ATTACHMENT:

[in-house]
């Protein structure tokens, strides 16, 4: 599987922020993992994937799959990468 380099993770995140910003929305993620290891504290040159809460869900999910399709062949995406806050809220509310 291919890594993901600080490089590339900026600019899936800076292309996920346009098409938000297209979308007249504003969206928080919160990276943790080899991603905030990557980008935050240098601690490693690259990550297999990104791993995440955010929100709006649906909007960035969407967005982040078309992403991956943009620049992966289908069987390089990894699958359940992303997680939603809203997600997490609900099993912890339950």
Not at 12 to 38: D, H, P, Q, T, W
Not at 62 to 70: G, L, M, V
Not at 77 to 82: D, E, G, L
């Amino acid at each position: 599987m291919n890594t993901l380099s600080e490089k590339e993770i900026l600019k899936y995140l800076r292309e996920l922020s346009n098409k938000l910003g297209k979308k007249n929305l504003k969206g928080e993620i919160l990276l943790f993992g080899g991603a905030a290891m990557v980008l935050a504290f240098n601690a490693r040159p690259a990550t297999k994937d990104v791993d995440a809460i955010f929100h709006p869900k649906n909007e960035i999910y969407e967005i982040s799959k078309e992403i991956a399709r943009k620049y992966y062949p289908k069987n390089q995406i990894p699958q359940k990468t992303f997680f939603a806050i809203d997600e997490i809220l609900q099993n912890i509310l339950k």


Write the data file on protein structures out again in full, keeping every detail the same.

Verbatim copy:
[in-house]
């Protein structure tokens, strides 16, 4: 599987922020993992994937799959990468 380099993770995140910003929305993620290891504290040159809460869900999910399709062949995406806050809220509310 291919890594993901600080490089590339900026600019899936800076292309996920346009098409938000297209979308007249504003969206928080919160990276943790080899991603905030990557980008935050240098601690490693690259990550297999990104791993995440955010929100709006649906909007960035969407967005982040078309992403991956943009620049992966289908069987390089990894699958359940992303997680939603809203997600997490609900099993912890339950």
Not at 12 to 38: D, H, P, Q, T, W
Not at 62 to 70: G, L, M, V
Not at 77 to 82: D, E, G, L
């Amino acid at each position: 599987m291919n890594t993901l380099s600080e490089k590339e993770i900026l600019k899936y995140l800076r292309e996920l922020s346009n098409k938000l910003g297209k979308k007249n929305l504003k969206g928080e993620i919160l990276l943790f993992g080899g991603a905030a290891m990557v980008l935050a504290f240098n601690a490693r040159p690259a990550t297999k994937d990104v791993d995440a809460i955010f929100h709006p869900k649906n909007e960035i999910y969407e967005i982040s799959k078309e992403i991956a399709r943009k620049y992966y062949p289908k069987n390089q995406i990894p699958q359940k990468t992303f997680f939603a806050i809203d997600e997490i809220l609900q099993n912890i509310l339950k």